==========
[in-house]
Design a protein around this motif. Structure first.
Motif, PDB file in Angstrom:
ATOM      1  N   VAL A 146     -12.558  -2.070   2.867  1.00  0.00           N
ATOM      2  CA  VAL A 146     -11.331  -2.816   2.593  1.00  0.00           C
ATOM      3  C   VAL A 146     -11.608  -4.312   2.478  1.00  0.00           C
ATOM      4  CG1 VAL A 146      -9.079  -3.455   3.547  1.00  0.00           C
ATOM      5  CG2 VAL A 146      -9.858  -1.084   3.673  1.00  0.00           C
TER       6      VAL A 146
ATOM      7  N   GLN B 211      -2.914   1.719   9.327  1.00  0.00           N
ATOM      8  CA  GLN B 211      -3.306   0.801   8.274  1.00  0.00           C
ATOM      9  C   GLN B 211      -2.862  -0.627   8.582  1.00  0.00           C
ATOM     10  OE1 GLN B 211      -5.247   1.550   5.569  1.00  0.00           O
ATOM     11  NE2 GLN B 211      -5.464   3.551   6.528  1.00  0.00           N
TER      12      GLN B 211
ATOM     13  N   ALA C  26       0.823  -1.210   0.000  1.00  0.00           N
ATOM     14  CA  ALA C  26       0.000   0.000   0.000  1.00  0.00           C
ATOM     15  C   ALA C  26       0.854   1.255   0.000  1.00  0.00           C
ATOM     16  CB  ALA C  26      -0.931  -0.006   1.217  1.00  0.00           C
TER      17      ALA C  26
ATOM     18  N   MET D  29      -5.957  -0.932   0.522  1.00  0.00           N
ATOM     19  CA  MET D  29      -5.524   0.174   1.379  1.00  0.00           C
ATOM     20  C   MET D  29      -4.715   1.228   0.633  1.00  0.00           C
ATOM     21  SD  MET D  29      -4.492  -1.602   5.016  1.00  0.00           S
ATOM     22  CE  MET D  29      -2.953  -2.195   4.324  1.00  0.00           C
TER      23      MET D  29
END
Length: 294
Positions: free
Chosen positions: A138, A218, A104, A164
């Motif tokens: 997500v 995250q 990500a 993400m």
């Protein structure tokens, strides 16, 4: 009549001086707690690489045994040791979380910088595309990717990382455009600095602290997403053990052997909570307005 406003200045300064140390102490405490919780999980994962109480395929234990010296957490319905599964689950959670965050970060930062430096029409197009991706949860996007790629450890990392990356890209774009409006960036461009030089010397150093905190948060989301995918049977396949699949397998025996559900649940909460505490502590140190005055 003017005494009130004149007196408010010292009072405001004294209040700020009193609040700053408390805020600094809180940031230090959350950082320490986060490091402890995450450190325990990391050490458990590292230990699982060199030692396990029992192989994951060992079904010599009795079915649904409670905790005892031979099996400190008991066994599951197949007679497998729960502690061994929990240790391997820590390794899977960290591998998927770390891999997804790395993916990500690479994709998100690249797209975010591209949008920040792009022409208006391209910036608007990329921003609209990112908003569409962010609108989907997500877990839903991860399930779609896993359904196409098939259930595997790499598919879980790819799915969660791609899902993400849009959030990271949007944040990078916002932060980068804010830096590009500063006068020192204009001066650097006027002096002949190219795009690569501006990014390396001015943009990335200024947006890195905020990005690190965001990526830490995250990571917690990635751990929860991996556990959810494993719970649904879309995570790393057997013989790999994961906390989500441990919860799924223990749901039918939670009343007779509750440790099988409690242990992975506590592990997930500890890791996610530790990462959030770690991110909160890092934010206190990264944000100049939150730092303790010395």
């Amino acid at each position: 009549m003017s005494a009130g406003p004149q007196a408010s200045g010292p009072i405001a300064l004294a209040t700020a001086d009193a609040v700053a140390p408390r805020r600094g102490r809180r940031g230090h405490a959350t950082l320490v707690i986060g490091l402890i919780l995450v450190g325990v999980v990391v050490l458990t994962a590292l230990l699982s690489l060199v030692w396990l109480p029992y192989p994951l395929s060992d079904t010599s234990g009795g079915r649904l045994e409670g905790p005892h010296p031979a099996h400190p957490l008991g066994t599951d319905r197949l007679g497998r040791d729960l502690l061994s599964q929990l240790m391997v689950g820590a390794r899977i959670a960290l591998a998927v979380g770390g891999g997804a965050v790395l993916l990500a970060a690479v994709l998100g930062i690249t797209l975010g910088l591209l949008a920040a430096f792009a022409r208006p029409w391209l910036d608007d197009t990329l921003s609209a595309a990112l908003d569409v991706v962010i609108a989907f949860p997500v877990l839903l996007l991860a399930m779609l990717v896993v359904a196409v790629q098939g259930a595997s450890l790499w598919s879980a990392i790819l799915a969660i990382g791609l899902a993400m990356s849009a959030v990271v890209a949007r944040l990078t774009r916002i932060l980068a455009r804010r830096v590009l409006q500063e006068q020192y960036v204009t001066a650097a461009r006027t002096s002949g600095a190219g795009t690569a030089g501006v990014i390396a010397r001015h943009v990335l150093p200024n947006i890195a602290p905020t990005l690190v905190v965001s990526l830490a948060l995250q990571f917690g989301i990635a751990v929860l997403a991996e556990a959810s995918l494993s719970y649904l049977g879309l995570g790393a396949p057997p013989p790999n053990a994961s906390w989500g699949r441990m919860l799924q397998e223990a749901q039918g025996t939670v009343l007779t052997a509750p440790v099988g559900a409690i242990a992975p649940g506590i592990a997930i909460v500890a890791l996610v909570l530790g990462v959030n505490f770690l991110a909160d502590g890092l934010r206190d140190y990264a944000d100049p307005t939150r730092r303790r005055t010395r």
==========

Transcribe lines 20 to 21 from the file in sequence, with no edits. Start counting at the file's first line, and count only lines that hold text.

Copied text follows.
TER      17      ALA C  26
ATOM     18  N   MET D  29      -5.957  -0.932   0.522  1.00  0.00           N